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Spring 2001, Industry and Urbanization In Southern California, 1900-1950

Greg Hise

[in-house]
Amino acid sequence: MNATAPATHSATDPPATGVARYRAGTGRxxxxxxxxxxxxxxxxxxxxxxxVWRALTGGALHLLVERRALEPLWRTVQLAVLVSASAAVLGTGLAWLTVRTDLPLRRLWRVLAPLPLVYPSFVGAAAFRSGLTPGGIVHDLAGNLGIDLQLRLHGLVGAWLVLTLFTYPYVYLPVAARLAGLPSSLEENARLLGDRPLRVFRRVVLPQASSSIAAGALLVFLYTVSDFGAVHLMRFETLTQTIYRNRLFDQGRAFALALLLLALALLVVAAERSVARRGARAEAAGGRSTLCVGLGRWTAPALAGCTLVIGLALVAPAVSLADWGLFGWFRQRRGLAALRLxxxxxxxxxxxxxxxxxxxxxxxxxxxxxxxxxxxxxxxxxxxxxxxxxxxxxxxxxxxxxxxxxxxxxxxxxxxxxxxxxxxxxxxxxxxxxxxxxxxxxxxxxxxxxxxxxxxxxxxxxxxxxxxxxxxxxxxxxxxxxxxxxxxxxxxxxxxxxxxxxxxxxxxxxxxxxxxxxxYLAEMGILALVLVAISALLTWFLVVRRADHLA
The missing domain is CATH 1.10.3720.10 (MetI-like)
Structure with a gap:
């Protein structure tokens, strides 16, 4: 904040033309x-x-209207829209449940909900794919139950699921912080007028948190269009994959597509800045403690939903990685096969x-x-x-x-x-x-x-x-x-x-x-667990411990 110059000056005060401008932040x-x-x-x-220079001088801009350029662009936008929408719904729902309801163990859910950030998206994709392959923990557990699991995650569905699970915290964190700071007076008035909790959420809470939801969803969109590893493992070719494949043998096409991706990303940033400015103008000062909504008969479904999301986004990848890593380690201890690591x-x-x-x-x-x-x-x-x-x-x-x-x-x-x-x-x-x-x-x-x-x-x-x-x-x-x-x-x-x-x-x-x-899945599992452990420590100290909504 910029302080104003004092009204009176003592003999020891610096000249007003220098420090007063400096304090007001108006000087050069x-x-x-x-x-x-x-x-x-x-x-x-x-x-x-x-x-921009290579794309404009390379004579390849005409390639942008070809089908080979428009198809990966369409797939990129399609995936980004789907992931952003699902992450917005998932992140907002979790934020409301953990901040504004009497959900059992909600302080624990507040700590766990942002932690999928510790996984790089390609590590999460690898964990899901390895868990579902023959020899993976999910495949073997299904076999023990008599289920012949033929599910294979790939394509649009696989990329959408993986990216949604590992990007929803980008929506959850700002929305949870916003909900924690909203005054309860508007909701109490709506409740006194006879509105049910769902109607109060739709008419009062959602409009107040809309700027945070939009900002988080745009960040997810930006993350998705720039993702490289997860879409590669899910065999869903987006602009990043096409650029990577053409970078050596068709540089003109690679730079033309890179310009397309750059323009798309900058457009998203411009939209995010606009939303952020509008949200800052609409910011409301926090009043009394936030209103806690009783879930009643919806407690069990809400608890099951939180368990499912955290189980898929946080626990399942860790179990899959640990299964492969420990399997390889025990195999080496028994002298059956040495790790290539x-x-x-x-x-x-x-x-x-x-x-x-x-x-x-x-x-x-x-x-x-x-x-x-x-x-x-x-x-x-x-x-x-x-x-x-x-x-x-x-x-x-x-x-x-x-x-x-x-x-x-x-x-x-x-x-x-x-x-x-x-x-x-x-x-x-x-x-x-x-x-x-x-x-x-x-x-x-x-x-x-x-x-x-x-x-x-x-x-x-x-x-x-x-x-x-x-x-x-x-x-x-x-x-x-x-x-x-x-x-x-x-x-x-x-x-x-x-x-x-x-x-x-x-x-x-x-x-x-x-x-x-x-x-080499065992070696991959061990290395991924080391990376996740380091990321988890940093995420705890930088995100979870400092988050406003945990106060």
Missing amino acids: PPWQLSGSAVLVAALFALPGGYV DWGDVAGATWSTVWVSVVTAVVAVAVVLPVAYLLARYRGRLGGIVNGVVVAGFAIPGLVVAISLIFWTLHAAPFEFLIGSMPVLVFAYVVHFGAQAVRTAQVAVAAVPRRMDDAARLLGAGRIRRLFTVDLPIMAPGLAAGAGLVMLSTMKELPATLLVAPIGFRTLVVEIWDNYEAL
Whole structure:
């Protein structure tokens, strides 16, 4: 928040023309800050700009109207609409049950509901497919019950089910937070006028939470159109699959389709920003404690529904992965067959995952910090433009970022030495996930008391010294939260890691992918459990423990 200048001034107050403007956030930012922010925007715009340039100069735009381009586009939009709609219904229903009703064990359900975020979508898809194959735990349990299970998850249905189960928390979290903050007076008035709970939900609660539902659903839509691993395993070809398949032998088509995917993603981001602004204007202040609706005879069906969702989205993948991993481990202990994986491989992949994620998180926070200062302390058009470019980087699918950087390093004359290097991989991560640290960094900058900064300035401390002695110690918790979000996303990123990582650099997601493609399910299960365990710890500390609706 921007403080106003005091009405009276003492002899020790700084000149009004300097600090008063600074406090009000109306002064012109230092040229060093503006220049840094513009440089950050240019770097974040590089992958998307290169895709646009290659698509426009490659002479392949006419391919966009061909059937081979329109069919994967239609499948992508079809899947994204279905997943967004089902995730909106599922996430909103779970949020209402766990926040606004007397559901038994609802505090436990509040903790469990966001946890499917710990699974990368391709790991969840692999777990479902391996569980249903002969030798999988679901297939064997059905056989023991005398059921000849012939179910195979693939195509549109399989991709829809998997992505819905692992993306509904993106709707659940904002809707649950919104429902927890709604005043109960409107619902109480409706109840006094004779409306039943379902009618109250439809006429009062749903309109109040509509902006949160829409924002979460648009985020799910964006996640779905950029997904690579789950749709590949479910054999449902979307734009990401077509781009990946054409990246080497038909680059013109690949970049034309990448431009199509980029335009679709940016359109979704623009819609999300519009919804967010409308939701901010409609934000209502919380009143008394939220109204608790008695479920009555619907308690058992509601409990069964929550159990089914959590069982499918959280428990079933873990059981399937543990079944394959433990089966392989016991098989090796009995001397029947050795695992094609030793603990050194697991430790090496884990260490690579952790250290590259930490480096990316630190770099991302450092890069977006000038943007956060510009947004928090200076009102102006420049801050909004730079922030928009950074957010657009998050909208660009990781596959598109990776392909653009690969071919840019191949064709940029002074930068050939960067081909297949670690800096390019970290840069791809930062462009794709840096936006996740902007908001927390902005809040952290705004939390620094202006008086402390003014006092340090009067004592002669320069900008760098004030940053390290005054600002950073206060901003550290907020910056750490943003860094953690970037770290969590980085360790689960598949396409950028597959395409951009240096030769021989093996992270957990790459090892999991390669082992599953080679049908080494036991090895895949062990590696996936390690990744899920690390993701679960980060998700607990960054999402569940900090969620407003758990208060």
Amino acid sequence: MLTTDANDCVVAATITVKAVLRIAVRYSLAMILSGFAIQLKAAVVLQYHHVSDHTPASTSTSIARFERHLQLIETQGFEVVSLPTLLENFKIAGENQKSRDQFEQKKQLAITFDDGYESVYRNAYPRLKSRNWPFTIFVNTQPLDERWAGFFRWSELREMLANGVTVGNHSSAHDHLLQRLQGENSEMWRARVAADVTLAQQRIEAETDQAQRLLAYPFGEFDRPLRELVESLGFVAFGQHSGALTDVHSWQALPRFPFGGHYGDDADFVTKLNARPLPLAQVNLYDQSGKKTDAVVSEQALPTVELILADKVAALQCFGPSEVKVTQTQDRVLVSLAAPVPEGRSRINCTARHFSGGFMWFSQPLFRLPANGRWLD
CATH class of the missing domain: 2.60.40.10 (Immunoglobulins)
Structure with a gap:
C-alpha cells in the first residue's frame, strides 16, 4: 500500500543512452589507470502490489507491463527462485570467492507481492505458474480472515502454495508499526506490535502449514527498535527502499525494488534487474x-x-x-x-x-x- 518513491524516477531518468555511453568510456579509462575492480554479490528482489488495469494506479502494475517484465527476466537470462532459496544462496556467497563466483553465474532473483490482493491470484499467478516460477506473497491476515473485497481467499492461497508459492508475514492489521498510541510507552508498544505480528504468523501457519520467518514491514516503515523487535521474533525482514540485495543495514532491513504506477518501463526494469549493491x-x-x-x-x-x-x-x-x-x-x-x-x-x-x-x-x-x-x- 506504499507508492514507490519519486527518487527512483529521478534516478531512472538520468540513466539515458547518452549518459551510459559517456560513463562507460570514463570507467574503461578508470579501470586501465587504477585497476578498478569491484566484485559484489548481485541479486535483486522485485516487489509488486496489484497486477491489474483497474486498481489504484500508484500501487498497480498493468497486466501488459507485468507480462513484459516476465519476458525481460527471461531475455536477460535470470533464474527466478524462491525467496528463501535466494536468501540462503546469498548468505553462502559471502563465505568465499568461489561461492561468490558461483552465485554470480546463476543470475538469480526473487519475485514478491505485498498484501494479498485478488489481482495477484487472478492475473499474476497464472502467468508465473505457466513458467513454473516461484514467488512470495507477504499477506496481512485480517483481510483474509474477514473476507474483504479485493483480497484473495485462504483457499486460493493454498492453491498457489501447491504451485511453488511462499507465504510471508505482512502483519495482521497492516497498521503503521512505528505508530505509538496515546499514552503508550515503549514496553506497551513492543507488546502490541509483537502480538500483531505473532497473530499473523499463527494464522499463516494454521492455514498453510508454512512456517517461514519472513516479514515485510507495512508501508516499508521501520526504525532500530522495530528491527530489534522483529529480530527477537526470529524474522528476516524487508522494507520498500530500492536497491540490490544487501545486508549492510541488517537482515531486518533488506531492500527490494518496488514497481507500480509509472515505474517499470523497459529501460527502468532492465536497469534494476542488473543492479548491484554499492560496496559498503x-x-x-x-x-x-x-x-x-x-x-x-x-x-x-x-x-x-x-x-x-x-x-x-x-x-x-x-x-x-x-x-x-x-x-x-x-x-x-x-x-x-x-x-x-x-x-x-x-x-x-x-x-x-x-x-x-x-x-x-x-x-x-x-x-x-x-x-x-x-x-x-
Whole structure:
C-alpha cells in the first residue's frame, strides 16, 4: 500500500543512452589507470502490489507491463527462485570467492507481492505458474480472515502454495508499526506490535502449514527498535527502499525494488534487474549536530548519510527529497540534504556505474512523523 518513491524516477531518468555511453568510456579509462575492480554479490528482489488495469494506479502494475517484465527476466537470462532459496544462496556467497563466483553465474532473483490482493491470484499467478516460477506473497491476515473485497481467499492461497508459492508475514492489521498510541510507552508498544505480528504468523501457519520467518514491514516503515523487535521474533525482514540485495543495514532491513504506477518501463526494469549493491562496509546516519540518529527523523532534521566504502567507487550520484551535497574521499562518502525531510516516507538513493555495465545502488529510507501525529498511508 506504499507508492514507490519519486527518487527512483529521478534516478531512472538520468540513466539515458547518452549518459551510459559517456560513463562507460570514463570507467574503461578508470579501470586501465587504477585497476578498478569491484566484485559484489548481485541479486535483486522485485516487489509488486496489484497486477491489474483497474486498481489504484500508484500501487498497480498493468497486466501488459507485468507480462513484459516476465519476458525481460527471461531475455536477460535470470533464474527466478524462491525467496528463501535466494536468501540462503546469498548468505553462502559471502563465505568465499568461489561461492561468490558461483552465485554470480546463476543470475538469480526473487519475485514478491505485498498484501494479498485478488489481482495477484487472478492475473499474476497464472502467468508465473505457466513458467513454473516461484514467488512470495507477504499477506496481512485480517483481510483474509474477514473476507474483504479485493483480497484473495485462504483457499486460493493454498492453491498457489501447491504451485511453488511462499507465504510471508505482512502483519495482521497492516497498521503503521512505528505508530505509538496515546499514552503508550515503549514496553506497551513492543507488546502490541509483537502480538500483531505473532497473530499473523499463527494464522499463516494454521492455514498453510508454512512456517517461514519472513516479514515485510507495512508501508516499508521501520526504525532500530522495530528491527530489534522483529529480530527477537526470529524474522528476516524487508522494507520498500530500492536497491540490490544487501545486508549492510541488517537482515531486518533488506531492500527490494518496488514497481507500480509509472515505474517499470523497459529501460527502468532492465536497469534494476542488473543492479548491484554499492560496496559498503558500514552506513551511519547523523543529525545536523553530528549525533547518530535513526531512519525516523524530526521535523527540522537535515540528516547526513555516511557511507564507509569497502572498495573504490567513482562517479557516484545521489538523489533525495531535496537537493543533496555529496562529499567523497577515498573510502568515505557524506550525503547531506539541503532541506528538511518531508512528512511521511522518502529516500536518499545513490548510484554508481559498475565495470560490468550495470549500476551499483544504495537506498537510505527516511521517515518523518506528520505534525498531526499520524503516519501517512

Over the last decade an increasing number of scholars and pundits have cast greater Los Angeles as the archetype for large and growing cities in the U.S. and throughout the world. In these accounts, regional expansion is portrayed as the product of haphazard development without planning, in other words, “sprawl.” Studies of manufacturing and industrial location often share these conventions. However, a historical investigation reveals that industrial development and industrial location have been key determinants for urbanization in Los Angeles and that residential, commercial, and industrial development has been coordinated, complimentary, and highly planned. Together, these coincident enterprises recast the region during the first half of the twentieth century. At that time there were three interrelated but qualitatively distinct types of industrial zones in Los Angeles: a home-market district of lofts, warehouses, and residences adjacent to the central business district; greenfield developments for mass production in Torrance, the Eastside, and Vernon; and dispersed oil, film, and aircraft satellites on the urban periphery. This finding challenges the received wisdom regarding industrial geography (a progressive narrative of technological innovation and successive production regimes) as well as the standard narratives of suburbanization or more recently, of “edge cities.”